Former workers launch legal action against clinical waste firm over pay
Lawyers are launching legal action on behalf of unpaid former workers at a firm caught up in a row over stockpiling clinical waste.
Hundreds of workers were laid off after Healthcare Environmental Services (HES) ceased trading in December.
Thompsons solicitors said they are launching employment tribunal proceedings on behalf of more than 180 former staff, some of whom say they are owed up to five months’ pay.
MSPs were told in January of a backlog of between 250 and 300 tonnes of clinical waste and 10 tonnes of anatomical waste at Scottish HES sites in Dundee and Shotts.
HES has previously denied claims human body parts were among waste stockpiled at its sites but Environment Agency reports said the company stored remains of NHS patients in un-refrigerated units for more than six months.
Thompsons partner David Martyn, who is in charge of the legal action, said: “The former employees of HES were dismissed without notice in December last year. They have now waited three months for their former employer to do the right thing and pay them the wages, notice pay and holiday pay they are owed.
“Some employees are owed up to five months’ pay and have had to resort to food banks to support their families. The time has now come for us to begin formal legal proceedings to force the company to pay the money the workers are due.”
He added: “The issue is further complicated by the fact that employees cannot access support from the Government’s Insolvency Service.
“This is due to stockpiles of clinical waste, including body parts and radioactive material remaining at the premises, which is preventing the normal insolvency procedures from taking place.
“The workers call on the Scottish Environment Protection Agency (Sepa), the local authorities and other agencies to exercise their statutory powers to get the waste cleared urgently, securing the local environment and allowing the funds to be released from the Insolvency Service.”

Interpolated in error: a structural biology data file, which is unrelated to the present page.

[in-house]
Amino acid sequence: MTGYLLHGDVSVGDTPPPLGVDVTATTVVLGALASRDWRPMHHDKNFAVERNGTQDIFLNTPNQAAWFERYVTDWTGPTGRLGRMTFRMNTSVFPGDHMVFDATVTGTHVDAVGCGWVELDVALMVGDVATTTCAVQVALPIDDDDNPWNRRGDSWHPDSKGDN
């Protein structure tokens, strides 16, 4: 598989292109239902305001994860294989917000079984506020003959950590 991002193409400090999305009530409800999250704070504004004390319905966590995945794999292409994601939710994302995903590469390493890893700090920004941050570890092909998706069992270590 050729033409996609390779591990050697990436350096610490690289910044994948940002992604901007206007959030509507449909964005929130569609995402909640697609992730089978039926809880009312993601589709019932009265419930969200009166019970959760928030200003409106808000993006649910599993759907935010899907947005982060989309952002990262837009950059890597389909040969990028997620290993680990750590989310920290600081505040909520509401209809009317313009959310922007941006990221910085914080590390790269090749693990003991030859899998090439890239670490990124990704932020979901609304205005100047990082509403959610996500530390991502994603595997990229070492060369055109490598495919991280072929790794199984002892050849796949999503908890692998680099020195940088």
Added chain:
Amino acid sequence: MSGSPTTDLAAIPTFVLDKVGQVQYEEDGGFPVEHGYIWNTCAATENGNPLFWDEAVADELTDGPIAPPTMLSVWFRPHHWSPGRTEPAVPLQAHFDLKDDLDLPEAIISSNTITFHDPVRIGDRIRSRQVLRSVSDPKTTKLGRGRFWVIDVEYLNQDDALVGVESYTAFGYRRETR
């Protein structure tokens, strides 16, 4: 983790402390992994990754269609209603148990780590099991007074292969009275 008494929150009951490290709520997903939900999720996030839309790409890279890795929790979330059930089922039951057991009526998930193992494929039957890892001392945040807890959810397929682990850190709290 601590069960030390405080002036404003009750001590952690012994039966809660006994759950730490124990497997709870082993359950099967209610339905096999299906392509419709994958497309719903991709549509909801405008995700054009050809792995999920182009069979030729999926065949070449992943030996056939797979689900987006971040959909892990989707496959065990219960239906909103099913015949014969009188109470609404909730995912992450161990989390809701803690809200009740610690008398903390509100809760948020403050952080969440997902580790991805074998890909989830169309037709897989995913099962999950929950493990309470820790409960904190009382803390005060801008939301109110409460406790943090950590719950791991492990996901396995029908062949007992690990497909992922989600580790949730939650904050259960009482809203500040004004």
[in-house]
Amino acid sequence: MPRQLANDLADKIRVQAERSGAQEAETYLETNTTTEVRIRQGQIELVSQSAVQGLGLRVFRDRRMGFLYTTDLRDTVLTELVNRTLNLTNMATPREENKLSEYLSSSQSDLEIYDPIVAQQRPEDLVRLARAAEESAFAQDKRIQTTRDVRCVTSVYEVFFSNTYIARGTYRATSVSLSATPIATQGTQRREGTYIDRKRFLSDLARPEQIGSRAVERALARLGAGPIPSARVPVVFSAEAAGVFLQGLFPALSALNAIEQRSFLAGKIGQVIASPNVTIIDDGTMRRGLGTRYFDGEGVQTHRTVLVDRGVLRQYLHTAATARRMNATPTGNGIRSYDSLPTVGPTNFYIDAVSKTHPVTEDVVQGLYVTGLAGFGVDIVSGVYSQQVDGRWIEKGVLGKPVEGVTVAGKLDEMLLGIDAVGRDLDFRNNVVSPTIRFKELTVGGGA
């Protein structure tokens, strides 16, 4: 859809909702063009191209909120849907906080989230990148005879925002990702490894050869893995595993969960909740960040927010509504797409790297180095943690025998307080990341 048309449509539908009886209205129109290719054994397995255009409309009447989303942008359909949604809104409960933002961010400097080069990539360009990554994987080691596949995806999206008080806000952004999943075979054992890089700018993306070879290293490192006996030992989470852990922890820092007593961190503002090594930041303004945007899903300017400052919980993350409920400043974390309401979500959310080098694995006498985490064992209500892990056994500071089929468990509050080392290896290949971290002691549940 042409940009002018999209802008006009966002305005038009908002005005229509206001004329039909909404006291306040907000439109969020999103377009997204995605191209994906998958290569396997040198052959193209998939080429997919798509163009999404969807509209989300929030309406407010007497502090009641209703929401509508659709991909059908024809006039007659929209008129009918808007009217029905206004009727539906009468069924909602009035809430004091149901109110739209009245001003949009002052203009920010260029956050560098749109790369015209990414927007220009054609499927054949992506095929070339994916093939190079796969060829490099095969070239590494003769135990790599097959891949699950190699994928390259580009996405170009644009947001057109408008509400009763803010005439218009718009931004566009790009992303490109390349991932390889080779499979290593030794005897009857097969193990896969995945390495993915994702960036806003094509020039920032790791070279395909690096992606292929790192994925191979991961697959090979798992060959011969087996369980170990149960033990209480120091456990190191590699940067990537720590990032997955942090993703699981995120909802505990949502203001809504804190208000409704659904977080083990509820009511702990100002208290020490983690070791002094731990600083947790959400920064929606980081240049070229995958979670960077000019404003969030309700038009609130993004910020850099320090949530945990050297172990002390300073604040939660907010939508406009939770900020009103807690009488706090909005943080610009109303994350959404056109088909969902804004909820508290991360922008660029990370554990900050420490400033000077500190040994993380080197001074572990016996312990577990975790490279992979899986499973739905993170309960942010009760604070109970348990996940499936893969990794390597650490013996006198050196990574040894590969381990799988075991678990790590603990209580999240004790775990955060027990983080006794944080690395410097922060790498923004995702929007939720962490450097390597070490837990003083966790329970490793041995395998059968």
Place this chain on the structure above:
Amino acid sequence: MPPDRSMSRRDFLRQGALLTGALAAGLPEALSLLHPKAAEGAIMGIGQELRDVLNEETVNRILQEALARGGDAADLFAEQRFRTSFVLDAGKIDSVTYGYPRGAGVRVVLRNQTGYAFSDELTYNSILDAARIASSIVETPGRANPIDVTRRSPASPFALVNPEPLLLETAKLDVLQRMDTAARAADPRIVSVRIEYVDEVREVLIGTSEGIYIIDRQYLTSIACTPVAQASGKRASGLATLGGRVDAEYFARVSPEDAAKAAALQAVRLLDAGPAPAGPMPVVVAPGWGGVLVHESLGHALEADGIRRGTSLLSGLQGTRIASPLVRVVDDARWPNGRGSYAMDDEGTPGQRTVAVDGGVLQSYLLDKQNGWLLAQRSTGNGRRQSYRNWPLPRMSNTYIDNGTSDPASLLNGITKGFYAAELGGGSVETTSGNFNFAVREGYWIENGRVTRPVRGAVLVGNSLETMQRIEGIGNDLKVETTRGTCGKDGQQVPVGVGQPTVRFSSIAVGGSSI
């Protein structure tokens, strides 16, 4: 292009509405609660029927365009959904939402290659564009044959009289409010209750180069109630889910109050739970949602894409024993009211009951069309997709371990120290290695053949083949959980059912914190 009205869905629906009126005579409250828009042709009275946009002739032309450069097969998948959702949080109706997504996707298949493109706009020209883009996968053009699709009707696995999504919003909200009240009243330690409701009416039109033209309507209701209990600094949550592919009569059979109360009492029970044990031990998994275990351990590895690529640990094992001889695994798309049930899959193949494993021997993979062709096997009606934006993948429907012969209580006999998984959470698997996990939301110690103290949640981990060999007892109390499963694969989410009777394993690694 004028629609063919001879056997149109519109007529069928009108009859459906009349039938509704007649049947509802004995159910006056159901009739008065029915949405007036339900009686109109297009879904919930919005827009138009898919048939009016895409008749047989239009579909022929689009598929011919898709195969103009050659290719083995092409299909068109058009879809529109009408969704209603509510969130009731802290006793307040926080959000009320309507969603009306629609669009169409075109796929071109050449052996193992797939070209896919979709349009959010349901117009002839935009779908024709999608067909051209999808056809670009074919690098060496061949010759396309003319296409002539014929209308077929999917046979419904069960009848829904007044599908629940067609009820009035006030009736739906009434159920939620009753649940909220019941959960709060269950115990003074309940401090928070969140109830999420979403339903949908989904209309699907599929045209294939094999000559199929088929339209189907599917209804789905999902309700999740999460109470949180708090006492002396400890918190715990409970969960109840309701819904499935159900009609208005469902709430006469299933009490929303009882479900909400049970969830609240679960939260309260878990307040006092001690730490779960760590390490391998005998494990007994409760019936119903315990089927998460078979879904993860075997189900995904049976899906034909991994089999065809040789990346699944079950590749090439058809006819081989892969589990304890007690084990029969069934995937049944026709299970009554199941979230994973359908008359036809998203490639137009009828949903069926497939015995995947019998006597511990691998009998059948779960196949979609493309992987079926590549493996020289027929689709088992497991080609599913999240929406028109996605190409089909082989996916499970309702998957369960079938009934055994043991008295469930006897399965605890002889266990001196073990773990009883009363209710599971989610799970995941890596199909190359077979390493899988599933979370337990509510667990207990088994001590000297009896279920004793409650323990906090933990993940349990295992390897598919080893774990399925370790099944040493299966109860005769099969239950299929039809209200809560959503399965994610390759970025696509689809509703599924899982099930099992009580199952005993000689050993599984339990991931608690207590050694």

HES became embroiled in a clinical waste stockpiling controversy with the NHS in 2017, during which it denied claims human body parts were among items caught up in a backlog at its sites.
The UK Government Insolvency Service said workers who have had a contract for more than two years are entitled to redundancy pay.
It said it has received 158 claims for redundancy and has paid out £464,000 to claimants, with only one claim outstanding.
A spokesman said: “Healthcare Environmental Services has not put itself into insolvency so under law the workers cannot claim for wages owed, notice pay or holiday pay at this time.
“If the company puts itself into an insolvency procedure then these payments could be made. This has nothing at all to do with any clinical waste that remains onsite – this is a totally separate issue, unrelated to the acceptance of their claims, and not something the Insolvency Service would have any responsibility for in any case.”
Sepa said in February that having serviced enforcement notices in September and December 2018, inspections found that HES continues not to fully comply with the requirements set out in the enforcement notice for their Hassockrigg site at Shotts.
A spokesman said: “Sepa is undertaking regular inspections of the sites and is working with other authorities to ensure that the environment and local communities are fully protected.
“Our inspections have not identified any current risk of pollution from the waste stored on the sites.”